It is basic that no statute is to be construed so as to lead to an incongruous or absurd result if it is possible to avoid such a construction.  See,Wilson v. Lund, 74 Wn.2d 945, 447 P.2d 718 (1968), and cases cited therein.  However, to read either RCW 37.12.020 or RCW 37.12.021 as authorizing later retrocessions unrelated to the validity of the original assumption of jurisdiction would produce  [[Orig. Op. Page 9]] just such an incongruity.  Upon receipt of the original request for an assumption of full state jurisdiction the governor would (as is clear) be bound to proclaim it if he found the request to be from an authroized source; however, under the suggested statutory construction, he could then immediately or at any time thereafter defy the mandatory "shall" of the subject statutes by issuing a second proclamation ‑ this time, a proclamation of retrocession.

            The only other possible source of authority which has been suggested to us with regard to gubernatorial retrocession is that contained in Article III, § 2 of our state constitution which declares that "The supreme executive power of this state shall be vested in a governor . . ."  However, it seems readily apparent that if this argument were sound it would just as logically follow that the governor's authority to proclaim an assumption of jurisdiction in the first place needed no statutory expression ‑ and yet here, as in other instances far too numerous to mention,4/ a legislative specification of the governor's authority has been given.  Thus, we believe it more proper simply to view this constitutional provision as a limitation upon the ability of the legislature to vest this "supreme executive power" in some officerother than the governor, and not as any sort of all-encompassing grant of acarteblanc power in itself.  Accord,State v. Womack, 4 Wash. 19, 29 Pac. 939 (1892).

            Finally, we note the introduction by executive request during the recent 1971 legislative session of two identical bills which were specifically designed to grant to the governor that authority to retrocede jurisdiction which your opinion request now questions.  See, House Bill No. 1001 and Senate Bill No. 685 (copies enclosed), neither of which was passed beyond its house of origin.  While the mere failure of the legislature to have enacted either of these bills is not by itself critical in terms of the ultimate answer to your question, their introduction at the governor's request would seem to imply at least some degree of doubt on his part as to the extent of his authority with regard to retrocession and a need to clarify this matter.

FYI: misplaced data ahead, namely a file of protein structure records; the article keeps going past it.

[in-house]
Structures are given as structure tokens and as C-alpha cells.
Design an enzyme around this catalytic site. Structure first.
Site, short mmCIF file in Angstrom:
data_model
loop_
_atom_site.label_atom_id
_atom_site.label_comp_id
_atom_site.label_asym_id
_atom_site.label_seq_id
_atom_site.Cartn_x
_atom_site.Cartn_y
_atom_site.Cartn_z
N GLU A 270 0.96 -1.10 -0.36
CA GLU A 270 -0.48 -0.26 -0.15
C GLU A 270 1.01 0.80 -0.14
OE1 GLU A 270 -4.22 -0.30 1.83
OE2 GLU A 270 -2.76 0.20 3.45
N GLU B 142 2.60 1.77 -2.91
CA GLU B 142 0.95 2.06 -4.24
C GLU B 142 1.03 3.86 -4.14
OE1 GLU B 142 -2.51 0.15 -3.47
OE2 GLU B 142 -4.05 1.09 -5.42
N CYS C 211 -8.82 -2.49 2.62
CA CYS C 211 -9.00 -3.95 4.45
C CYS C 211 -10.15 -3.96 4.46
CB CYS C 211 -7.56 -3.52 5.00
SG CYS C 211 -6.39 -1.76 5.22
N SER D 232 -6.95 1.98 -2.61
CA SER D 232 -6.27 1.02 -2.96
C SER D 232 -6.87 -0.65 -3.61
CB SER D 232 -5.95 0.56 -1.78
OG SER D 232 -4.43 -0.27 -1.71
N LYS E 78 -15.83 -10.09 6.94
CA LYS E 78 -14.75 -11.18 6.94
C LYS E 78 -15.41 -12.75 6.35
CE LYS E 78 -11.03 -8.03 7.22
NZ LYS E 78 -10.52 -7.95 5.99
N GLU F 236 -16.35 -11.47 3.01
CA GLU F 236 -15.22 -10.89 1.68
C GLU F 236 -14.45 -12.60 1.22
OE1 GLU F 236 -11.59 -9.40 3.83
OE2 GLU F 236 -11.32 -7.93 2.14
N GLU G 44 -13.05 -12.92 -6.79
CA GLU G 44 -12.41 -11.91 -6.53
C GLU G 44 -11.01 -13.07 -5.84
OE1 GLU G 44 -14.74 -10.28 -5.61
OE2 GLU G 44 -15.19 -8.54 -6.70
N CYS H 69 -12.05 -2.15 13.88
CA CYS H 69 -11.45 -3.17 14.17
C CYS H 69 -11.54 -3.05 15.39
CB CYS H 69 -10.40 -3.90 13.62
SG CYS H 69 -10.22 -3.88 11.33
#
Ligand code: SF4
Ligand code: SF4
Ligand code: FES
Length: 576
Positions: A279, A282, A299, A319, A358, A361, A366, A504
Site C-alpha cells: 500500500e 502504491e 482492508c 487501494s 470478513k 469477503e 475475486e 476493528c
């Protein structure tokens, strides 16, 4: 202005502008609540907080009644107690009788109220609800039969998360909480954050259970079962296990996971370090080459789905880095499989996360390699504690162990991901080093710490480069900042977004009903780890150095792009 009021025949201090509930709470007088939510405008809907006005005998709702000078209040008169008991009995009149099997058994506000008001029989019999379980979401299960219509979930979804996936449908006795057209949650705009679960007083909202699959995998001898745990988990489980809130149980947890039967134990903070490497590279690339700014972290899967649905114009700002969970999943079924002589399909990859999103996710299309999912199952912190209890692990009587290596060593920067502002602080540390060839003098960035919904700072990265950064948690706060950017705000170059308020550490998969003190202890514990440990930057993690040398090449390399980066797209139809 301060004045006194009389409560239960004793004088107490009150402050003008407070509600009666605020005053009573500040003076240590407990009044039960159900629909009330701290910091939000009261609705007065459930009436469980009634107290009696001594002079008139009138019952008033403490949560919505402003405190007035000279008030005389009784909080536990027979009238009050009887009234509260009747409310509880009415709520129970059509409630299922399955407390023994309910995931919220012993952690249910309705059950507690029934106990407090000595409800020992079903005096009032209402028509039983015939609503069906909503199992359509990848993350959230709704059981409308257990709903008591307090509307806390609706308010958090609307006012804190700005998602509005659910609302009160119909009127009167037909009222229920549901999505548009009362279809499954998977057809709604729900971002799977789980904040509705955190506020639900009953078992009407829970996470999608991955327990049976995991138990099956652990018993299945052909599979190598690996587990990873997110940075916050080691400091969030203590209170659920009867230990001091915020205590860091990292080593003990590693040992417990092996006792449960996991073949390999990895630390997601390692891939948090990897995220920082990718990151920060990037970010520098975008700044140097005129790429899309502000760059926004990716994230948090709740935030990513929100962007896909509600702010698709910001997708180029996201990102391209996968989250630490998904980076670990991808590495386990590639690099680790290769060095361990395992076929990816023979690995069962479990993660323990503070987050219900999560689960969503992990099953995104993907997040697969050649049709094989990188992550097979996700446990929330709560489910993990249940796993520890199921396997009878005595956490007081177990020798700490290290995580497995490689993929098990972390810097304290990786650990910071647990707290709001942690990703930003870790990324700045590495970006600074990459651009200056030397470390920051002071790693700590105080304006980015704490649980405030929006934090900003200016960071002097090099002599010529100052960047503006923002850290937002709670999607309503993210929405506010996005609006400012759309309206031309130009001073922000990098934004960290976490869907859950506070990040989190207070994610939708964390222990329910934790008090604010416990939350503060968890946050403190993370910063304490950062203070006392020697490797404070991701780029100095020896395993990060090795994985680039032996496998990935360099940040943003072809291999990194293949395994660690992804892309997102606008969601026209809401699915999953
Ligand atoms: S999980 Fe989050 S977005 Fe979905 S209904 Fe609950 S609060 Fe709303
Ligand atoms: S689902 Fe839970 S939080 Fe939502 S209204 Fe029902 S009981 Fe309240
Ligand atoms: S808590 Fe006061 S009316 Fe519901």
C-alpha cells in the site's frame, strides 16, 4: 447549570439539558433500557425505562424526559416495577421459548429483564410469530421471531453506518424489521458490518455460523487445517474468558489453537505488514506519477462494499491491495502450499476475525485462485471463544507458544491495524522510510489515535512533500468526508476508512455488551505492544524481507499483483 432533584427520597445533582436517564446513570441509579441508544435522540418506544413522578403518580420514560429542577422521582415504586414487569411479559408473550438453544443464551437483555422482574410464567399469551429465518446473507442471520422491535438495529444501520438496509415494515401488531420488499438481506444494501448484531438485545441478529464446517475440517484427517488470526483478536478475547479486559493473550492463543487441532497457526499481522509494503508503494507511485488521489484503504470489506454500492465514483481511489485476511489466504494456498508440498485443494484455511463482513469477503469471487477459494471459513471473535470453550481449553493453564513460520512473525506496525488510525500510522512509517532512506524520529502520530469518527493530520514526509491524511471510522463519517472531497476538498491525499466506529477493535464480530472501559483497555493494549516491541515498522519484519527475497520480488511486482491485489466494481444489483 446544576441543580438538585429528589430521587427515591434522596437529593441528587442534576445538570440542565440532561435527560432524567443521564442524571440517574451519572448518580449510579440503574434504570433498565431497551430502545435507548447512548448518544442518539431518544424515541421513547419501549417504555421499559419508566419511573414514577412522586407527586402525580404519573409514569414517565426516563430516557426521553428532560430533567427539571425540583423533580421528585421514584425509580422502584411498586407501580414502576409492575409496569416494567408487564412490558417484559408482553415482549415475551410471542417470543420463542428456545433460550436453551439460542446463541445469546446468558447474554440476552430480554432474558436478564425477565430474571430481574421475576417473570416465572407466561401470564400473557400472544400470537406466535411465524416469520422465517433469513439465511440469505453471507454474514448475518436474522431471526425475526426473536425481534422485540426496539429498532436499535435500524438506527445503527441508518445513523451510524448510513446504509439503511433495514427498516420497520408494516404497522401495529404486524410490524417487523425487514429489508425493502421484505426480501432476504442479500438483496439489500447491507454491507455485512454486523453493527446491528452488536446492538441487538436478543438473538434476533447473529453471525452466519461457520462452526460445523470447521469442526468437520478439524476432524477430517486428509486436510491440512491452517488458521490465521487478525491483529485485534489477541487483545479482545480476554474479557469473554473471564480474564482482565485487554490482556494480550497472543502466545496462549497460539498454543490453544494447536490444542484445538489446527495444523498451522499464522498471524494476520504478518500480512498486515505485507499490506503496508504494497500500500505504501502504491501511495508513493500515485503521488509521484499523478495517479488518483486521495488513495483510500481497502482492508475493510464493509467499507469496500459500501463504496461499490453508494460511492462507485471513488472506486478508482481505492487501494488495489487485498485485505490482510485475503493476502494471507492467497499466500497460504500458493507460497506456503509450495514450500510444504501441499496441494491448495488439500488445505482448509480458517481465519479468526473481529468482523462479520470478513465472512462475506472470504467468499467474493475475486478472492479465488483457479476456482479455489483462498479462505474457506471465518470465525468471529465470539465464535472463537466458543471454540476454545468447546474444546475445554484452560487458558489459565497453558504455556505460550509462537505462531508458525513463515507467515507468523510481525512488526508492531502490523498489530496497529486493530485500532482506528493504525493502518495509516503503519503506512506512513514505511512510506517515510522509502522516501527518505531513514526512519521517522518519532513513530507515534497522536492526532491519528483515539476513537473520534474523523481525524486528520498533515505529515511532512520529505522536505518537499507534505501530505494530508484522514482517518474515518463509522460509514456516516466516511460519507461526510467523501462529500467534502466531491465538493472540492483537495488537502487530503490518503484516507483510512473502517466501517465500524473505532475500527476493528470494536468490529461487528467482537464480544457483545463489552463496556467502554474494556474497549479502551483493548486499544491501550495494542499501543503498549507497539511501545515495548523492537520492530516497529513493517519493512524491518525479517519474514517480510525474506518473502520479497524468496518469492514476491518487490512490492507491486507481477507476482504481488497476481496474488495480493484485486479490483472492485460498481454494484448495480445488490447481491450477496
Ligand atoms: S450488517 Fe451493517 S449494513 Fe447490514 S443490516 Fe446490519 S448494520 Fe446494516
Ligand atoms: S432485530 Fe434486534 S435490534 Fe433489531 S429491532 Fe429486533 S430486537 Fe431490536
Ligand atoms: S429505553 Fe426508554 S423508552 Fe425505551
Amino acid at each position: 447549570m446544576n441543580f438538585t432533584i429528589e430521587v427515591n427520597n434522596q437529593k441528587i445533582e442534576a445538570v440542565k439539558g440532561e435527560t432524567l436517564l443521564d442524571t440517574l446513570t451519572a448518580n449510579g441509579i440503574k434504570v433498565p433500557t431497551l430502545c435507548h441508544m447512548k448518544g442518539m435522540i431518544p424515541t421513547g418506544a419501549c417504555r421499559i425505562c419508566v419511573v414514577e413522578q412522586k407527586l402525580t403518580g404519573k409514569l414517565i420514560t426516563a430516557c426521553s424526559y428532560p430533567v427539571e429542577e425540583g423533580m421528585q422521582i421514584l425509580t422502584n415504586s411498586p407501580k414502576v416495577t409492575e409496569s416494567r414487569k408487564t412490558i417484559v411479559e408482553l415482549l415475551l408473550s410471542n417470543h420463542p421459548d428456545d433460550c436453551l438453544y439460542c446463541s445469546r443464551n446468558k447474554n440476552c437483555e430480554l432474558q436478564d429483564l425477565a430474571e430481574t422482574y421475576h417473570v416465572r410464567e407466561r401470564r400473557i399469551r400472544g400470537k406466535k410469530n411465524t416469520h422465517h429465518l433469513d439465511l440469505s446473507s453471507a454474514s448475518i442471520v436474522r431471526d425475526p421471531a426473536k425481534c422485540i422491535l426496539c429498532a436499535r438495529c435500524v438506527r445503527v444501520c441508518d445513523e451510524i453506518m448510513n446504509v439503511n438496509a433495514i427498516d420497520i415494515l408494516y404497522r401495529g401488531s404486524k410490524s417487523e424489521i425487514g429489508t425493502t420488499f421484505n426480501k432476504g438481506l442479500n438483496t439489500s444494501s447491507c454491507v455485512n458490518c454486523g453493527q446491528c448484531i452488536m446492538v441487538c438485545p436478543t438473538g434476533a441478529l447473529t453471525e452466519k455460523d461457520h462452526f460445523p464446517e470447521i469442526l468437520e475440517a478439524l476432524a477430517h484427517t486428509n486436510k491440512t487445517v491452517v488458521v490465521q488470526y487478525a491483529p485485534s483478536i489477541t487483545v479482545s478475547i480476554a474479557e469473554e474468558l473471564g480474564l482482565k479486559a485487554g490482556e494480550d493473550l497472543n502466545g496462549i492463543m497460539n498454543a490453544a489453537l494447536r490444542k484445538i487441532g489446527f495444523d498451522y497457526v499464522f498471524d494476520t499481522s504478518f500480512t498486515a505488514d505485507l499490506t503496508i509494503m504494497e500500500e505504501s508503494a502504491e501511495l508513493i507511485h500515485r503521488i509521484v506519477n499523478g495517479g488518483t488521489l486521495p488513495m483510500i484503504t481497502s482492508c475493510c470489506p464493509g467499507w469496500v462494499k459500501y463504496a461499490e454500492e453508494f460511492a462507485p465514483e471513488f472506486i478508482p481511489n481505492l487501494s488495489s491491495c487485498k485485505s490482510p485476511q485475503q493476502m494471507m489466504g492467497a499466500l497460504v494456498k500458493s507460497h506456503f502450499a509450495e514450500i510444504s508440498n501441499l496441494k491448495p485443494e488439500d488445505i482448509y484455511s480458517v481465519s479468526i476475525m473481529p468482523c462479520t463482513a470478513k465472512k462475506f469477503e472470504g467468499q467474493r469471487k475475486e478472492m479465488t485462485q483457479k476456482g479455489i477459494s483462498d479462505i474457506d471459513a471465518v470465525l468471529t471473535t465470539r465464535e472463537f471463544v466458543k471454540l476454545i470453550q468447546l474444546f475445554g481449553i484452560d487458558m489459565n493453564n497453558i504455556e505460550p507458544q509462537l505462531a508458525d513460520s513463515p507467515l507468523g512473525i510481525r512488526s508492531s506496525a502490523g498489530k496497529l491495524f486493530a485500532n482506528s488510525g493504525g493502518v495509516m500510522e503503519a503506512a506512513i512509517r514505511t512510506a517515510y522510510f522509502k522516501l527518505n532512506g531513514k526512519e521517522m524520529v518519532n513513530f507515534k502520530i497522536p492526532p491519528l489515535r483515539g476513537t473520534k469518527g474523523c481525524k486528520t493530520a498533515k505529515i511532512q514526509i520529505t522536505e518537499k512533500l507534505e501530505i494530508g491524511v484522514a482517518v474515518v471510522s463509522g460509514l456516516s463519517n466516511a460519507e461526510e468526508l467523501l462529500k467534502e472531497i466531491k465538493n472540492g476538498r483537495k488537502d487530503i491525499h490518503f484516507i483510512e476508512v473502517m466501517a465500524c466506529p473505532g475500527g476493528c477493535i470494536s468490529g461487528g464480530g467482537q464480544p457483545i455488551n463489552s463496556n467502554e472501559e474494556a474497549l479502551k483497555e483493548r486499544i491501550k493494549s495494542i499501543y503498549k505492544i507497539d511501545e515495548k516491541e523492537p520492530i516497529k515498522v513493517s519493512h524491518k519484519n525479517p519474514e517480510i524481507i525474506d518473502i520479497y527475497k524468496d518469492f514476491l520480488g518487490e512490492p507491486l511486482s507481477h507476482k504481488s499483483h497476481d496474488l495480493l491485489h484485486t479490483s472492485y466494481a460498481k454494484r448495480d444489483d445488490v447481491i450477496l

[[Orig. Op. Page 10]]

            The solution, of course, is clear.  If the Washington legislature desires to authorize the governor to grant retrocessions of state jurisdiction over some or all of the Indian tribes in our state it is quite able now to do so ‑ in view of the present ability of the United States to accept such retrocessions under § 403 (a) of Public Law 90-284, supra.  However, until and unless the legislature responds to this latest act of Congress relating to state jurisdiction over Indians ‑ by again granting a correlative power to our governor as it did in the first place with regard to assumptions of jurisdiction in response to Public Law 83-280 ‑ it will remain necessary for us to answer all three segments of your first question (dealing with each of the three above noted categories of tribal Indians) in the negative.

            Question (2):

            This negative response to your first question, of course, renders consideration of your second question moot.

            We trust the foregoing will be of assistance to you.

Very truly yours,

Attorney General

Deputy Attorney General

                                                         ***   FOOTNOTES   ***

1/Chapter 36, Laws of 1963.

2/By virtue of this enactment it will be seen that although this state could (as a matter of federal law) have assumed full criminal and civil jurisdiction over our various Indian tribes and reservations by an affirmative act of the legislature alone ‑ i.e., without a necessity for tribal application or consent ‑ during the period between 1953 and 1968, it now no longer may do so.

3/These cases involved the Quinault Indian Reservation, over which state jurisdiction was originally acquired under chapter 240, Laws of 1957, pursuant to a proclamation issued by then Governor Albert D. Rosellini in 1958.  Thereafter, it was asserted that the proper body within the Quinault tribe had failed to function on the original application.  The Washington court inBertrand declined to involve itself in what it characterized as an internal dispute of the tribe and let the governor's proclamation stand.  Later, however, this same governor issued another proclamation reverting the Quinaults from the category of full state jurisdiction to that of partial jurisdiction (to the extent provided for in § 1, chapter 36, Laws of 1963 alone) ‑ saying (interalia) ". . .  I verily believe that it was not the will of the majority of the Quinaults to petition for State jurisdiction in 1958."  Later, following the passage of § 403 (a) of Public Law 90-284, supra, this proclamation was confirmed by a second proclamation issued by this governor's successor, Governor Evans.

4/See, in general, chapter 43.06 RCW which codifies many of the statutes dealing with the powers of the governor.